Thursday, September 15, 2016

Strategy Alignment in Support of Brand Quality Perceptions

Recently, I have been helping owners of a luxury watch brand rethink their pricing strategy as it relates to their brand strategy. One of the exercises I engaged them in was to explore a wide variety of their strategies to determine to what degree they supported their intended brand image. In particular, I wanted them to think about all of the things that could enhance or detract from brand quality perceptions.

This is something every brand manager needs to think about whether working on a luxury brand or some other type of brand. Each of these is a signal to a brand's quality.

  • Craftsmanship
  • Design/Styling
  • Look/feel
  • Durability
  • Reliability
  • Awareness
  • Brand cache
  • Pricing 
  • Country of Origin
  • Scarcity
  • Outlets at which they are sold
  • Where they are advertised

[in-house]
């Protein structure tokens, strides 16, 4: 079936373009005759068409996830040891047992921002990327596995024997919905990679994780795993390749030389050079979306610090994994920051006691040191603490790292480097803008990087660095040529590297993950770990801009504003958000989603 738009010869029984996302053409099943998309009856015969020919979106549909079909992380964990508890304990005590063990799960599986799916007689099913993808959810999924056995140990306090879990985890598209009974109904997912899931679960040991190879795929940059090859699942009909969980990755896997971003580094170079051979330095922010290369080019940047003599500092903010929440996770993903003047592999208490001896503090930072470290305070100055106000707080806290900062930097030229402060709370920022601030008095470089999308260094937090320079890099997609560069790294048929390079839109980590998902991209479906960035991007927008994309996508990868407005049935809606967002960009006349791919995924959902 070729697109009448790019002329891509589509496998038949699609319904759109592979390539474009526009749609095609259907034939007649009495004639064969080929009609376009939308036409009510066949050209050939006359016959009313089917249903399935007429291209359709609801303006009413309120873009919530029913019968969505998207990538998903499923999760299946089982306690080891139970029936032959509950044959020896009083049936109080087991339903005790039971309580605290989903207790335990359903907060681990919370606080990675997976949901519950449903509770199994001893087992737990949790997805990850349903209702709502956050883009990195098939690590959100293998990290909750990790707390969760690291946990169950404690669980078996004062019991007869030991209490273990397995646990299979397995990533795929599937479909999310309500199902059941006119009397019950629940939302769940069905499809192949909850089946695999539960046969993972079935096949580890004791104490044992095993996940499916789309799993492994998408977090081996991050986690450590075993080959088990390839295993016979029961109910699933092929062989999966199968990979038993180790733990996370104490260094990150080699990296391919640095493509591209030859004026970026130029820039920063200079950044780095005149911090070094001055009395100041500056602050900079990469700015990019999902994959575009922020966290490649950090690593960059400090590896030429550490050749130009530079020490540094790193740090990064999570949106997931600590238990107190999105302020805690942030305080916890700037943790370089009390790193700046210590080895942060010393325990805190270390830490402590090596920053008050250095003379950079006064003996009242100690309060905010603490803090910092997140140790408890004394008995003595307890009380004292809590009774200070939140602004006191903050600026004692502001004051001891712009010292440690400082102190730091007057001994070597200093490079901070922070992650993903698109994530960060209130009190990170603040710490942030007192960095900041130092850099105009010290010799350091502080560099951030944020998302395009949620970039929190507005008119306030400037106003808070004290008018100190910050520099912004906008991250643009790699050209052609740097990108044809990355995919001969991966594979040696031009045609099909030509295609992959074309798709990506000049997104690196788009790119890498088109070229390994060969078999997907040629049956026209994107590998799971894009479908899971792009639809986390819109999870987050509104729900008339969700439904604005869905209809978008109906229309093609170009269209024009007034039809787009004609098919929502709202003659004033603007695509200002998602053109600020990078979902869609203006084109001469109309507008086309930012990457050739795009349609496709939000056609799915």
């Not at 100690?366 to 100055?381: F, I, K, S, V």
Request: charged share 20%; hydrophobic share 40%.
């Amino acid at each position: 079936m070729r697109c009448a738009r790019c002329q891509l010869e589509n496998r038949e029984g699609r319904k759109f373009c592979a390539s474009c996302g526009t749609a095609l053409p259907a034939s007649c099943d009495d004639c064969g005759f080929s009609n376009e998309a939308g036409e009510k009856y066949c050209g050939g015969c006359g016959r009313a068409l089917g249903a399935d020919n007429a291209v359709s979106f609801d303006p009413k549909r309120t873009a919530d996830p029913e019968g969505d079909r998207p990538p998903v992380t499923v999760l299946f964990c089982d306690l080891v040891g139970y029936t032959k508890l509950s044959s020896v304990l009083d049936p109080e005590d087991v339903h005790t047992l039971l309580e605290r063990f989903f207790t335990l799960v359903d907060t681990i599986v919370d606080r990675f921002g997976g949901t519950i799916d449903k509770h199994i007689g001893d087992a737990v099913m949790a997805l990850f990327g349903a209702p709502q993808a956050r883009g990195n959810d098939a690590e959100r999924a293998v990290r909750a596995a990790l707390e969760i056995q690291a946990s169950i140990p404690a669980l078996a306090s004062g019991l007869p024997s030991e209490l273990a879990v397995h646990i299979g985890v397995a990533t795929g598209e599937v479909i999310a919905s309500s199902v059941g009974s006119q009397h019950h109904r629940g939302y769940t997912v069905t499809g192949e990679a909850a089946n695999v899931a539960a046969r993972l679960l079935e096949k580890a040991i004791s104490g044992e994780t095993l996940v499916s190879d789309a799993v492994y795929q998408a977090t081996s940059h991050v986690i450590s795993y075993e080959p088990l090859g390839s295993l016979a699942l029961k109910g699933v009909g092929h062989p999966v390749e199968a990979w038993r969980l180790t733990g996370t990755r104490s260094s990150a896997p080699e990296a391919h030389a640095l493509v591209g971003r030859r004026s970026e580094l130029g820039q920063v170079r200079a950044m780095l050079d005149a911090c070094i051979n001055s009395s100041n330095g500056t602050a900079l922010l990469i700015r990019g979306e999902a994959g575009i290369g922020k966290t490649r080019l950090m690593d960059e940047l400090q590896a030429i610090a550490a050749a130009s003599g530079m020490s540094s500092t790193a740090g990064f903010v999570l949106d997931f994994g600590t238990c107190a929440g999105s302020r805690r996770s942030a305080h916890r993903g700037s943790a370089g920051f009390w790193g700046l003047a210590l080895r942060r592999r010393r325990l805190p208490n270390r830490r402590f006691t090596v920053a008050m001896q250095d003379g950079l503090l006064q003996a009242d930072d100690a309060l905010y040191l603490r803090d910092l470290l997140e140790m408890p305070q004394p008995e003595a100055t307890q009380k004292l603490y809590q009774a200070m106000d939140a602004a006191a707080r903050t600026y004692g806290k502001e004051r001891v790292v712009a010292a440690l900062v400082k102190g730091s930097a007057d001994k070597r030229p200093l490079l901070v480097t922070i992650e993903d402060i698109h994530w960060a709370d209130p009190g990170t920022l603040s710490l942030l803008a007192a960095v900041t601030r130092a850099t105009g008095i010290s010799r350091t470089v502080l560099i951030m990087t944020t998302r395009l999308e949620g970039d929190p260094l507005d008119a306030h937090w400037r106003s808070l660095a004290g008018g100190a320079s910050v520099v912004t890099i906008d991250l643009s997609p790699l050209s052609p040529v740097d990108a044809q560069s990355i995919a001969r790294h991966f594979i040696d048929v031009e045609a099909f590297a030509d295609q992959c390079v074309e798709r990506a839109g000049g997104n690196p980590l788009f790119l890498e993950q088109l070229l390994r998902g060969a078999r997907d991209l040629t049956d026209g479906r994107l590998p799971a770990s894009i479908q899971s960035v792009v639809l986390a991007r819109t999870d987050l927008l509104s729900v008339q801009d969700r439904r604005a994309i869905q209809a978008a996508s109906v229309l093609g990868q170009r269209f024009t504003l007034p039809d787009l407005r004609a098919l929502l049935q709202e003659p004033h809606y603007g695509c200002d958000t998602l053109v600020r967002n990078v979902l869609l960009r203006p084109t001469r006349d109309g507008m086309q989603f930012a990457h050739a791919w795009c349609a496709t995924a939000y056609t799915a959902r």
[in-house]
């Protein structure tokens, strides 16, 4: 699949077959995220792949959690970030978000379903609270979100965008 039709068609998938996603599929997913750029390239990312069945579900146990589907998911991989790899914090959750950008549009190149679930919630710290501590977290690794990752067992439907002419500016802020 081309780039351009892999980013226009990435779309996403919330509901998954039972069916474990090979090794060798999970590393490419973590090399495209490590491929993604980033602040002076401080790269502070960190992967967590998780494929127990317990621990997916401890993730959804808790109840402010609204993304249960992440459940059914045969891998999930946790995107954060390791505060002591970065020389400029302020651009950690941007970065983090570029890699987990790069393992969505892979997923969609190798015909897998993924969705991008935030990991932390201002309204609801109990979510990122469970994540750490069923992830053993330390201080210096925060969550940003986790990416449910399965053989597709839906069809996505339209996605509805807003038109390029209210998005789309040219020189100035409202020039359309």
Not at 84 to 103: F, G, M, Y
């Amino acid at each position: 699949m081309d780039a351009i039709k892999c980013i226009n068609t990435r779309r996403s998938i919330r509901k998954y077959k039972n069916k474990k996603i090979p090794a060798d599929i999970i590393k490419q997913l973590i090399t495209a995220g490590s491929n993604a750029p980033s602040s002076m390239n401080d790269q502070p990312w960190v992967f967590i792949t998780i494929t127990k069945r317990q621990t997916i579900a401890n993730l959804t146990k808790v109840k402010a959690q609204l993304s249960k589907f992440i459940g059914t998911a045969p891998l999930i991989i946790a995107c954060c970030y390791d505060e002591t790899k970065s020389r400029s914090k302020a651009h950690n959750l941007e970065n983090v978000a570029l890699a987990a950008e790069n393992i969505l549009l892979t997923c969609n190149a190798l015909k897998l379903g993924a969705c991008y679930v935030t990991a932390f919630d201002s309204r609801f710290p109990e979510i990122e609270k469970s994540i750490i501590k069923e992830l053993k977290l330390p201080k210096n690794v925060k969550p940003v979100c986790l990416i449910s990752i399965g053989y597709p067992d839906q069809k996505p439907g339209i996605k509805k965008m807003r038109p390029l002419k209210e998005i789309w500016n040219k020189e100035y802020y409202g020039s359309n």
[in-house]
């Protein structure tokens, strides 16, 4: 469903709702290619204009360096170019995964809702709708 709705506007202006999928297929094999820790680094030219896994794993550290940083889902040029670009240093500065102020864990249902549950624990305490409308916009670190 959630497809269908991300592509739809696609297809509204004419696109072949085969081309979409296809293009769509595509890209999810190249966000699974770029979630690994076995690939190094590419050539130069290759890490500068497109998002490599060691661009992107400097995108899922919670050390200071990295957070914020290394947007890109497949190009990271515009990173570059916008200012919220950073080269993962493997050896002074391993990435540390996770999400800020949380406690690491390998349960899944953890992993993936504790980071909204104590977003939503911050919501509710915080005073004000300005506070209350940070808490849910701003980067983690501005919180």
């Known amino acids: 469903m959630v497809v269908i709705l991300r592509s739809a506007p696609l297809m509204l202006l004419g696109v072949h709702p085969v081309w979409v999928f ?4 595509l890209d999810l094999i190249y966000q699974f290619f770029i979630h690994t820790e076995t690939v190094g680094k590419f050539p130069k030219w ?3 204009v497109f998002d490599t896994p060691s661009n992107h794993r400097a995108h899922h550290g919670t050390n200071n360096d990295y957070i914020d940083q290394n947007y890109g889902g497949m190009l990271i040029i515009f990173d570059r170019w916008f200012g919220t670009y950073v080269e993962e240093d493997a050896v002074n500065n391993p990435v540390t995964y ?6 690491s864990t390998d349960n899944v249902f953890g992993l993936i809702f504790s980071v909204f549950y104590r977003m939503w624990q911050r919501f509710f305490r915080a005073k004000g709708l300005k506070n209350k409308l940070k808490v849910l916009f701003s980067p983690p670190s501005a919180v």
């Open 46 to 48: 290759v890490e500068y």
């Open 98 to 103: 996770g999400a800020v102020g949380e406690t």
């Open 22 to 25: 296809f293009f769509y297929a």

• Service and support
  • Reviews
  • Word of mouth
  • Brand story

It is surprising how many times we discover disconnects between the brand's intended image and the image that some of its strategies convey.

Assume you are a luxury brand. You should not sell in Wal-Mart. Depending how "high end" you are, you might not even want to sell in Target or Macy's. Luxury brands need controlled prices. The brand owner does not want to see them deeply discounted throughout the marketplace. You wouldn't expect to find a great watch brand produced in Mexico using Chinese movements. Nor would you expect to find a great wine brand produced in Siberia or Yemen. Luxury brands shouldn't seem to be ubiquitous in massive quantities. Even worse, the excess inventories should not show up on every discount website. A luxury brand should not show up on for $2.99 no matter how old, ragged or used. Some brands are only sold in their own stores on Rodeo Drive, Fifth Avenue and similar shopping districts in a handful of upscale communities worldwide. Rolex advertises at elite sporting events (maxi yacht races, polo matches, equestrian events and other similar events), not football games or bowling tournaments. 

It is amazing how many times one finds one or more of these out of alignment with what the brand is trying to communicate. I encourage you to to assess your brand's alignment against each of these. 

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